For secondary wastewater treatment systems of the type herein of interest, the utilization of the oxygen supplied by the PSA system is a function of the oxygen feed gas purity. Those skilled in the art will appreciate that, for a given oxygen demand, i.e. a fixed requirement of oxygen, the utilization of available oxygen in the feed gas to the wastewater treatment system will increase as the purity of the feed gas increases. An increase in purity results in a higher dissolution driving force and causes additional oxygen to be dissolved in the wastewater being treated. It is, of course, desirable for wastewater treatment systems to have a high oxygen utilization, which is the utilization of a substantial portion of the oxygen supplied in the feed gas for treatment of the wastewater rather than being vented from the wastewater treatment facility as part of the waste gas from said facility. Typically, wastewater treatment systems have been designed to utilize about 90% of the oxygen feed to said systems when operated at design capacity, and PSA systems are typically designed to supply enriched oxygen feed gas at about 90% by volume purity to said wastewater treatment systems.
While the PSA control technique of U.S. Pat. No. 4,140,495 represents a substantial improvement over the prior practice, the supply of oxygen to the wastewater treatment system at a constant, predetermined design purity level is found not to be necessary under reduced demand conditions. For example, although dissolved oxygen levels of about 6 mg/liter are considered satisfactory for particular wastewater treatment operations, it has been found not unusual, at reduced demand conditions, for the dissolved oxygen levels to reach 10 mg/liter or more so as to result in excessive dissolution of oxygen in the wastewater. In this regard, it should be noted that it is not readily possible to unload the liquid mixing and oxygen dissolution equipment associated with the wastewater treatment system so as to avoid such excessive dissolution while nevertheless maintaining the biomass in suspension during reduced demand conditions. In addition, the constant oxygen purity technique of the patent is found to result in a decreasing oxygen product recovery under decreasing oxygen demand conditions as contrasted with the recovery at maximum design demand. Such oxygen product recovery decrease, indicative of reduced PSA performance at reduced demand conditions, is believed to be related to a more diffuse mass transfer zone with the adsorption bed under low gas flow conditions as are applied during periods of reduced demand.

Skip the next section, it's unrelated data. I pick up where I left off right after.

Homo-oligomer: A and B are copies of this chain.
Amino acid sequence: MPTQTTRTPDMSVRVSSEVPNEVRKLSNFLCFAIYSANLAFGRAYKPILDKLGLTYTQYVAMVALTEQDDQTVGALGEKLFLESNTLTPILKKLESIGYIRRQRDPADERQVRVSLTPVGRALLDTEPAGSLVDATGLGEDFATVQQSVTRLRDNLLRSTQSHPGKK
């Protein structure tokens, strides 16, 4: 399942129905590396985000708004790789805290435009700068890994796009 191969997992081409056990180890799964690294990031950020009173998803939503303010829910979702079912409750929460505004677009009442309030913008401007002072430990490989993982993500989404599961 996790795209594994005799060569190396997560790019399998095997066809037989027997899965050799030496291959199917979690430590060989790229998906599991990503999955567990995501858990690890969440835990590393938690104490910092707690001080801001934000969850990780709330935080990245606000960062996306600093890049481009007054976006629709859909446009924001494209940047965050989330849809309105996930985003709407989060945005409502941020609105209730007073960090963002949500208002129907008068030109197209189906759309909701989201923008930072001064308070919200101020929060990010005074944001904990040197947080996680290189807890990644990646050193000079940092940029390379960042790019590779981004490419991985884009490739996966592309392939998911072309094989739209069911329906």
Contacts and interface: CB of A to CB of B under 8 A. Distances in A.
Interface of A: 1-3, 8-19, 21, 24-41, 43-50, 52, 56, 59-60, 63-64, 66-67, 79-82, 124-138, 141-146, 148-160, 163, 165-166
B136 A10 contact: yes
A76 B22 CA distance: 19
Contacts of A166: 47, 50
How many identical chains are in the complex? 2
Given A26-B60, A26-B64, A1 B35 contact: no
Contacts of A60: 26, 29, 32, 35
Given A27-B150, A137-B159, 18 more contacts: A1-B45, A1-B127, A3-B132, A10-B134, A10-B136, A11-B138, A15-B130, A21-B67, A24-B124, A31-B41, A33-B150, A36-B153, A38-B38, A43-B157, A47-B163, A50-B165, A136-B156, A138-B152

While the increased oxygen utilization and increased dissolved oxygen levels achieved during the practice of the technique disclosed in the patent are, of themselves, desirable, the benefits thereof are not such as to obviate the desire for further improvement in the PSA supply of oxygen to secondary wastewater treatment systems. In particular, it is desirable to achieve improved PSA performance, i.e. higher oxygen recoveries, than has heretofore been possible in the art. In addition, it is always desirable to achieve swings in the power consumption for applying oxygen to the wastewater treatment system.
It is an object of the invention, therefore, to provide an improved PSA process for the production of oxygen for delivery to variable oxygen demand wastewater treatment systems.
It is another object of the invention to provide a process for enhancing product recovery in such PSA oxygen operations.
It is a further object of the invention to provide PSA oxygen process having reduced power requirements in conjunction with the supply of oxygen to variable oxygen demand wastewater treatment systems.
The oxygen product/feed air ratio in a pressure swing adsorption system supplying oxygen to a variable oxygen demand wastewater treatment system is increased during periods of reduced oxygen demand. The enriched oxygen product is recovered at a lower purity level than the predetermined design level for maximum demand conditions. The product/feed ratio is adjusted between the conditions for maximum demand and the higher ratios for lower, variable demand such that the amount of oxygen released under lower purity conditions corresponds essentially to the reduced oxygen demands in the wastewater treatment system.
The objects of improving recovery and reducing power consumption in pressure swing adsorption systems used in conjunction with variable oxygen demand wastewater treatment systems are thus accomplished by increasing the product feed rate and lowering product purity at times of reduced oxygen demand. For this purpose, the adsorption front of selectively adsorbed nitrogen is allowed to breakthrough at the product end of each adsorbent bed during the cocurrent depressurization step of the cycle. The enriched oxygen product is thereby released from the beds at a lower oxygen purity level than the predetermined design level. A reduced amount of enriched oxygen product is released under such lower purity conditions, with the amount of product nevertheless corresponding essentially to the reduced oxygen demand for the wastewater treatment system.